1980: “Kramer vs. Kramer” Reflects an Intersection of Life, Art

“I would like to thank divorce,” said Dustin Hoffman, winner of the Best Actor – Drama Golden Globe for Kramer vs. Kramer, when he accepted the award in 1980 from Lee Remick and Rod Steiger.

Hoffman, then 43 years old, added, “That phenomenon of this latter part of the 20th century, which has somehow created a family in this film that I was part of. I would like to thank all of you who are touched by this film.”

Memorably telling the story of a couple’s divorce and the subsequent evolution of their relationship, writer-director Robert Benton’s film also won Golden Globes for Best Motion Picture – Drama; Best Screenplay, for Benton; and Best Supporting Actress, for Meryl Streep.


The legal drama, which was based on Avery Corman’s novel of the same name, reflected a cultural shift from the 1970s, when ideas about parenthood were changing. Exploring the psychology and fallout of Ted and Joanna Kramer’s divorce and its impact on their young son, the movie touched upon emerging social issues like gender roles, work-life balance, and single parenthood. It was widely praised for giving equal weight and importance to the mother and father’s points of view. The film was also a major critical and commercial success, grossing over $173 million.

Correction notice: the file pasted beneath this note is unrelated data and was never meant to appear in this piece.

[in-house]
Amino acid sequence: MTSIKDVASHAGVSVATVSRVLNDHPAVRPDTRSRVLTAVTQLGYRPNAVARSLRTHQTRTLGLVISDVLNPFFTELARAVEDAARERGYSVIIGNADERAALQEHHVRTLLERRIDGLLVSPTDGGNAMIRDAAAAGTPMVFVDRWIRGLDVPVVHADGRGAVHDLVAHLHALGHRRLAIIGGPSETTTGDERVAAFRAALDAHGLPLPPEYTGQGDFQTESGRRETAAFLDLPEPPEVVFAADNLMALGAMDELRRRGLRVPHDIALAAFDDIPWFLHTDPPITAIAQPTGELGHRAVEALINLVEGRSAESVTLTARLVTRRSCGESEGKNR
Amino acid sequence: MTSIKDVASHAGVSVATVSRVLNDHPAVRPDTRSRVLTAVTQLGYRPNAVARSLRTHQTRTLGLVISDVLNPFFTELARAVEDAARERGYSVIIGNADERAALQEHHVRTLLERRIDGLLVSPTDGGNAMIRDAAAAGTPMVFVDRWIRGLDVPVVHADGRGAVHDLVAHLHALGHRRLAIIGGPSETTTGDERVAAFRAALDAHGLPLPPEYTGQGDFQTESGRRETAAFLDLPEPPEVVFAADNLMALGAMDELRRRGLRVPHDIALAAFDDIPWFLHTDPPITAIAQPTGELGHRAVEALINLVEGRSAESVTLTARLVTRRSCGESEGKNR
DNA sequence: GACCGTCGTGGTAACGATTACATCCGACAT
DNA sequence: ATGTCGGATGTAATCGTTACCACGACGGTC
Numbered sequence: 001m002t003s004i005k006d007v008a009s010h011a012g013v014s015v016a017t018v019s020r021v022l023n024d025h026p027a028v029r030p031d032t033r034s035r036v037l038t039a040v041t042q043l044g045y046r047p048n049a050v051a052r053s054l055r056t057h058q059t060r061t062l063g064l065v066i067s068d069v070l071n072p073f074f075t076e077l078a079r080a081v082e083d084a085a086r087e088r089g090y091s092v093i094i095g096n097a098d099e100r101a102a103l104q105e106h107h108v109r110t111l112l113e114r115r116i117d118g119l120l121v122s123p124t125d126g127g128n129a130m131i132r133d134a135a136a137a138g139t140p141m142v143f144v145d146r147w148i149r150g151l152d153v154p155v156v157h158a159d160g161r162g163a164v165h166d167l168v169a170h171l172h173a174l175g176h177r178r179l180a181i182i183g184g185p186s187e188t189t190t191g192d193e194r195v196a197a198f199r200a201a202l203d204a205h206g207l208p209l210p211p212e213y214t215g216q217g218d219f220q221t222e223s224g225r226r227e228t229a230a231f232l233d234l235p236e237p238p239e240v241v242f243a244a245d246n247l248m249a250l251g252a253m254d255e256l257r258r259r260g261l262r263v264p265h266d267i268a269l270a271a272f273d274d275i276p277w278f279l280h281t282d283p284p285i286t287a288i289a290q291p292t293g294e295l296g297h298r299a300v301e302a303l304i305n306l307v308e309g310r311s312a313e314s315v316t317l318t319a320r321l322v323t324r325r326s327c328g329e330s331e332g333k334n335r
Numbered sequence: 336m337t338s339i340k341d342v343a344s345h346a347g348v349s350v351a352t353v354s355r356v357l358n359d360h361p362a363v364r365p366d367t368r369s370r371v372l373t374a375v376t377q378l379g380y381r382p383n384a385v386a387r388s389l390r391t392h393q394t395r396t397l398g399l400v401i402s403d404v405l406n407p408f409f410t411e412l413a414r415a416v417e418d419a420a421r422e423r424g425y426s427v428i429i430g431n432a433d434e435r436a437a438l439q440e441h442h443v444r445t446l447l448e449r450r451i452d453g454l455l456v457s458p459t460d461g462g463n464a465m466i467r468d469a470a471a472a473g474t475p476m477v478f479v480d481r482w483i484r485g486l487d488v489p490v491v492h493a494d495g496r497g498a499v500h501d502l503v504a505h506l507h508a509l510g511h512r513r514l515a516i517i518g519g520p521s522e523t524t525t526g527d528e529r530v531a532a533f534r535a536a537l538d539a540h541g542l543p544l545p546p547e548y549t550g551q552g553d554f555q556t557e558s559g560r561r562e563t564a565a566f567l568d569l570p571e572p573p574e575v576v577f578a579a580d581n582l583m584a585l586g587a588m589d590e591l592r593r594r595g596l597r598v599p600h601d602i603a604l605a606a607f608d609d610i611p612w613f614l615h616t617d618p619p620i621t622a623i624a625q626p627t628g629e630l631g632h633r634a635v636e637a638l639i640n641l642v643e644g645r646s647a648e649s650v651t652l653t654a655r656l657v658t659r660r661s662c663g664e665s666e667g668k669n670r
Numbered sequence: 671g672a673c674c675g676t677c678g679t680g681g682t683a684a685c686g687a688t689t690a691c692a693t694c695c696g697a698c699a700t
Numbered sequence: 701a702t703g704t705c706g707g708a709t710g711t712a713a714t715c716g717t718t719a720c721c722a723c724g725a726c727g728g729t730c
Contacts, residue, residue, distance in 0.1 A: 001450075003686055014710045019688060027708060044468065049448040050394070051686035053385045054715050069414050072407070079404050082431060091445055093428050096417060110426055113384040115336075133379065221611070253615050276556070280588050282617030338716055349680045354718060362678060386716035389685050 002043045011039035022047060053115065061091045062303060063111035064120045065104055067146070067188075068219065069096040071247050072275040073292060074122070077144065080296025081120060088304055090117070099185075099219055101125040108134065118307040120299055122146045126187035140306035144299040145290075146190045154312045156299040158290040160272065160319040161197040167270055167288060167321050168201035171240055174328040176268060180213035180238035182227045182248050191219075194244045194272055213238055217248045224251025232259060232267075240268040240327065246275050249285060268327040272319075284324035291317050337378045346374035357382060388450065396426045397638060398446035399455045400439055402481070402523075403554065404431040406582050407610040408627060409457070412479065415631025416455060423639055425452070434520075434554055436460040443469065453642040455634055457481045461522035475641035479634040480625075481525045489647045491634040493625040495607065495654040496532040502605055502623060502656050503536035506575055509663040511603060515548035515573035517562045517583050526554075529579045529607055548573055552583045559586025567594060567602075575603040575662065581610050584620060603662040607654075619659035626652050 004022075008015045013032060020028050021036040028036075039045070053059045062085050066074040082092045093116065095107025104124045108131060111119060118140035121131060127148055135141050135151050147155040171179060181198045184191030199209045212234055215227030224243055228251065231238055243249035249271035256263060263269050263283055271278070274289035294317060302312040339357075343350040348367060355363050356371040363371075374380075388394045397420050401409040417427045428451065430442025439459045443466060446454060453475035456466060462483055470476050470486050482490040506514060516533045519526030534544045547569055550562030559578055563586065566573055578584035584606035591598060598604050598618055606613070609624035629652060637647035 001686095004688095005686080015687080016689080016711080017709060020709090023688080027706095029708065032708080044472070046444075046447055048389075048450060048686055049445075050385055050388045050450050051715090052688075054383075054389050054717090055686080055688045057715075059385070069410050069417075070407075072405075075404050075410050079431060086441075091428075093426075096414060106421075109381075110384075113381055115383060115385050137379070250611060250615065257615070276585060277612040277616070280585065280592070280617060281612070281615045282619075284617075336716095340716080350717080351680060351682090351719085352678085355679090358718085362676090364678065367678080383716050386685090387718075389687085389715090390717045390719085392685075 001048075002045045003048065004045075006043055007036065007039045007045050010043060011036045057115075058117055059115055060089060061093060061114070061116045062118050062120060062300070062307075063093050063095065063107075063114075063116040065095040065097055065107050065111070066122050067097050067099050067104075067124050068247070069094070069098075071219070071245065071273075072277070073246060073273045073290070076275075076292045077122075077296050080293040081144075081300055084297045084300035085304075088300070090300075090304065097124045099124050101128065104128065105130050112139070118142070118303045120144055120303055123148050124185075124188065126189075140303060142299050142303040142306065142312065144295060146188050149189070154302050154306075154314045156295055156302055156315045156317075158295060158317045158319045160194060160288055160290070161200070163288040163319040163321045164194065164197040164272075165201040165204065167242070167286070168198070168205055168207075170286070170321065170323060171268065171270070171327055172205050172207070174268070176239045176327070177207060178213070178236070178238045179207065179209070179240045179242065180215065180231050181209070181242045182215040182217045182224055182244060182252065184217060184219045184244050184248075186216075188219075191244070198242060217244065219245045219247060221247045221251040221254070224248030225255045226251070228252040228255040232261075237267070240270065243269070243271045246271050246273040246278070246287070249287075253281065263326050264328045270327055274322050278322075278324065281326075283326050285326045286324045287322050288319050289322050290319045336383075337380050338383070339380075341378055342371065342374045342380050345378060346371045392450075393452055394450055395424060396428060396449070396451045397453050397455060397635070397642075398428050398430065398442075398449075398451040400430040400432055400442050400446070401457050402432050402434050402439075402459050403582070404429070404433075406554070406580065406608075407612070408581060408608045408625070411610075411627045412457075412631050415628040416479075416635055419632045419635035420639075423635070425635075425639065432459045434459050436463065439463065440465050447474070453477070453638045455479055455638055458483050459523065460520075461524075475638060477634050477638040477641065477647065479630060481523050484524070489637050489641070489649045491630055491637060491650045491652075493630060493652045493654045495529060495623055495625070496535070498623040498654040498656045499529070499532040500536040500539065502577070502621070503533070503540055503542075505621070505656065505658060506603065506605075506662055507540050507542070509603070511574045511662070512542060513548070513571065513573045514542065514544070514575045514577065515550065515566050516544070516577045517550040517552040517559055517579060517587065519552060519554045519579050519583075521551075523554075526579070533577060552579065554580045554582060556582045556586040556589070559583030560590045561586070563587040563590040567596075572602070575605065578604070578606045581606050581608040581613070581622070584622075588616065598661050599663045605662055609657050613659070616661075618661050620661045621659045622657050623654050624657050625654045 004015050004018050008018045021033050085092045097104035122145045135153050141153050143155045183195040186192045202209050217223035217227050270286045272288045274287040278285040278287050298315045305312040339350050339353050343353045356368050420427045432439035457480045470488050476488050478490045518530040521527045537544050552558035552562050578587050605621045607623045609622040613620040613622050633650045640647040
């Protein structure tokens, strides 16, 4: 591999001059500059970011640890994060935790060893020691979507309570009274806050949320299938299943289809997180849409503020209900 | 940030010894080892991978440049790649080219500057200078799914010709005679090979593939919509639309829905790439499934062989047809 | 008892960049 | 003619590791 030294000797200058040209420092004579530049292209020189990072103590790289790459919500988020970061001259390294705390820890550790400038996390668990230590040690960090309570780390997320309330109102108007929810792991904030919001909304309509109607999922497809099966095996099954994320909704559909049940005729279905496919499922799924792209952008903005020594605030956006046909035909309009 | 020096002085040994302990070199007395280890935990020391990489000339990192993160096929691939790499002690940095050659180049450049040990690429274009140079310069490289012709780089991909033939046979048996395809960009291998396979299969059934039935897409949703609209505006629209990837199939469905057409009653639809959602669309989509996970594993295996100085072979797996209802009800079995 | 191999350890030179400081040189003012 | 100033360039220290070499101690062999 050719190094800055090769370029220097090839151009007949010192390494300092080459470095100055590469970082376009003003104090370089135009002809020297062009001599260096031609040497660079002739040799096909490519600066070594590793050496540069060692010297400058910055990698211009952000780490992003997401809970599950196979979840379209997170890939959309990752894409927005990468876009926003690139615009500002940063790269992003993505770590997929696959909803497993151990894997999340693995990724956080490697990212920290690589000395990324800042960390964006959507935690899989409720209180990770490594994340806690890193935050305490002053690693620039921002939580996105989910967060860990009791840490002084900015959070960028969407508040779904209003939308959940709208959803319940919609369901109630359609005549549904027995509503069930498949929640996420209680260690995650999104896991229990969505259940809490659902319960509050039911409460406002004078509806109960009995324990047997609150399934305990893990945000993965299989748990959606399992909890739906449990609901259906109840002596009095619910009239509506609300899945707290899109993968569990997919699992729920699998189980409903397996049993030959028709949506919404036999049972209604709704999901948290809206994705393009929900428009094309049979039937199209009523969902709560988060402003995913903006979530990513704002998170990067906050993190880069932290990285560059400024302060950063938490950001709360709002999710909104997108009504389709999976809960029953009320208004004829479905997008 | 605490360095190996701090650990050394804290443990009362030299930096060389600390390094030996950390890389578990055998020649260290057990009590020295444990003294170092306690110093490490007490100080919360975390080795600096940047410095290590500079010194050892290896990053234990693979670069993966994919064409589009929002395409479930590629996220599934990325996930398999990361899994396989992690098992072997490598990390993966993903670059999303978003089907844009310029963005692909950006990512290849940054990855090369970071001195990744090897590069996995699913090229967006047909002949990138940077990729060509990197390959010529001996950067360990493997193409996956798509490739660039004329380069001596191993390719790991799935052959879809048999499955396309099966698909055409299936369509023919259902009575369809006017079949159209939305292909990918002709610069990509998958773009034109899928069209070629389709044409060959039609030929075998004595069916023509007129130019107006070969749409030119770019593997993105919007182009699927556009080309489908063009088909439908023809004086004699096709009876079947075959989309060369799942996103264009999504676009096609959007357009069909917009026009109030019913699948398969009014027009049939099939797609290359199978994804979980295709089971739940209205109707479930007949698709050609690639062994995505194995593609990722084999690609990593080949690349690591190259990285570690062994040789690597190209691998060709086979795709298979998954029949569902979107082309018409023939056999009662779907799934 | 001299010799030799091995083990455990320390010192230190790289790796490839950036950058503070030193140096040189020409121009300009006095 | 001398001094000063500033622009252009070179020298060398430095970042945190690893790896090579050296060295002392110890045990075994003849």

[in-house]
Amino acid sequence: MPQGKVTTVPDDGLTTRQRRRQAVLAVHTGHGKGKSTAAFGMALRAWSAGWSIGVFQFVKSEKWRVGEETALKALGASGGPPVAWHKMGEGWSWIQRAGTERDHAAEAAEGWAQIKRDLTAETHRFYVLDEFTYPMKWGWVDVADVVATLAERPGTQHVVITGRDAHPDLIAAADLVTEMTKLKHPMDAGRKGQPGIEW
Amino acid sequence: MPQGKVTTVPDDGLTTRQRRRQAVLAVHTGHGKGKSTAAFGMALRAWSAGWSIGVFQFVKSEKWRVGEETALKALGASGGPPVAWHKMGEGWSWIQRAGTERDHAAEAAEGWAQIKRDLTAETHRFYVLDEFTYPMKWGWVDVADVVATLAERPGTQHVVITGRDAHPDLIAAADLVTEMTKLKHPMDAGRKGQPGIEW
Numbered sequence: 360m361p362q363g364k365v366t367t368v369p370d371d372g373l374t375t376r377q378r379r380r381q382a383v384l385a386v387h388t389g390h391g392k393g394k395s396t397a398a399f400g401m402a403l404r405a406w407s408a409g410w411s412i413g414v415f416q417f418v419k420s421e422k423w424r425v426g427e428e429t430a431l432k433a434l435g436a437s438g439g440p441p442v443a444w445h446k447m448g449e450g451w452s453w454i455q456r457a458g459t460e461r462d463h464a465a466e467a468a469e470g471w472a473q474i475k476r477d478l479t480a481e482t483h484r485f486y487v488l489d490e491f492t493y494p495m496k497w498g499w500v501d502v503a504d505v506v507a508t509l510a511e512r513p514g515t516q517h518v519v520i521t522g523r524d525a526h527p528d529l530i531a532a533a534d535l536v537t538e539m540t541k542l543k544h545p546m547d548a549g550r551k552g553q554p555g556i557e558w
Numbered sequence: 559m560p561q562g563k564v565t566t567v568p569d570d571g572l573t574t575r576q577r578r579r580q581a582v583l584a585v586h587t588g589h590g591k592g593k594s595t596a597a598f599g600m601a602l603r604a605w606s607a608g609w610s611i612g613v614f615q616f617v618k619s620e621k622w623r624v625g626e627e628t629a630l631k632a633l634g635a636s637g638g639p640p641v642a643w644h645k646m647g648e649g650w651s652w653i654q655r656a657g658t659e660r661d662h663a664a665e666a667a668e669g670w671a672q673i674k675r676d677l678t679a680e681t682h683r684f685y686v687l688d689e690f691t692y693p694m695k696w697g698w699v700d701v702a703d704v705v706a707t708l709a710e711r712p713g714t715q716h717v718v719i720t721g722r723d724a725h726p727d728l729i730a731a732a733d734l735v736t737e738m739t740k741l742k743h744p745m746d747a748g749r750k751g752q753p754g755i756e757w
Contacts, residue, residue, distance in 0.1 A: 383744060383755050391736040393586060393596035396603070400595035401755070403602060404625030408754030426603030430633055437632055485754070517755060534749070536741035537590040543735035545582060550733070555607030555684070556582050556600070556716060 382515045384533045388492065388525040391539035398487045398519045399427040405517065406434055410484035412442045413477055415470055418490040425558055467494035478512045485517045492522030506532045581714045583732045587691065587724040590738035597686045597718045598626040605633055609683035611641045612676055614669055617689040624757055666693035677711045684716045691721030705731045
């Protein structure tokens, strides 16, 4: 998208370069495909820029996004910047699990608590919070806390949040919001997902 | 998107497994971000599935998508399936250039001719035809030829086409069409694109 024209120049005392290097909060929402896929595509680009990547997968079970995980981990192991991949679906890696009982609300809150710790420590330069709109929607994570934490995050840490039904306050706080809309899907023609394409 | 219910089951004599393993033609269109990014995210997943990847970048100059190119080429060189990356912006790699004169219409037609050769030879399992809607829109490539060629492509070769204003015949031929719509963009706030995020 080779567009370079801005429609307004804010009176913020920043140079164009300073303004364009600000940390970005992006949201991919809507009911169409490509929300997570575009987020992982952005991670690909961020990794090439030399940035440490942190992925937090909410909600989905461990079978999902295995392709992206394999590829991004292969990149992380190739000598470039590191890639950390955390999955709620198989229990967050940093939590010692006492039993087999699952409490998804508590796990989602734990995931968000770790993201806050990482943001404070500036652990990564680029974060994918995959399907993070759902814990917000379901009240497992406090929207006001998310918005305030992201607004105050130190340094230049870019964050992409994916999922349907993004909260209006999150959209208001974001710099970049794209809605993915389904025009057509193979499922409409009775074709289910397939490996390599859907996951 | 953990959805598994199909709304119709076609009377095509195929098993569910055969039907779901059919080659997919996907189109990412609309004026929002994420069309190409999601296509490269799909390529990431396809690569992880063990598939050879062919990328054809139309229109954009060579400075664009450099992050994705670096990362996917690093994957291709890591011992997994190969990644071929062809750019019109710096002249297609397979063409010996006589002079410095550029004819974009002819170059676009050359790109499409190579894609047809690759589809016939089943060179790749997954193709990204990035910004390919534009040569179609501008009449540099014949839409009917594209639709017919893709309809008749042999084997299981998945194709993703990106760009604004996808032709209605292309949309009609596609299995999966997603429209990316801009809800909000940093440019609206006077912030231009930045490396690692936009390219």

Hoffman himself was going through a divorce at the time from actress Anne Byrne, with whom he had a daughter. Hoffman said in an interview with Playboy in 1975, “Giving myself permission not only to be present but to be a father was a kind of epiphany for me at that time… I got closer to being a father by playing a father. That’s very painful to say.”

Hoffman initially turned down the role because, at the time, he wanted to quit film acting and return to the stage. He was the only actor producer Stanley Jaffe and Benton envisioned in the lead role. But, because of Hoffman’s reticence while they were courting him, they also offered the part to James Caan, Al Pacino, and Jon Voight, all of whom turned it down.

Finally, after meeting with Jaffe and Benton in London while shooting Agatha, a convinced Hoffman accepted the role. He later credited Benton and the movie for rejuvenating his love for film acting and reminding him of his love for children.


Streep, for her part, was only 31 when she won her first Golden Globe for the movie. She wasn’t able to make it to the ceremony, so Benton accepted her trophy from presenters Neil Simon and Marsha Mason.

Streep, who went on to win eight more Golden Globes and the Cecil B. deMille Award in 2017, initially thought her character was “too evil,” as she told Karina Longworth in her 2013 book “Meryl Streep: Anatomy of an Actor.” She insisted Joanna wasn’t representative of real women who faced marriage breakdowns and child custody battles. The creators agreed, and the script was revised. Benton also allowed Streep to write her own dialogue in two key scenes.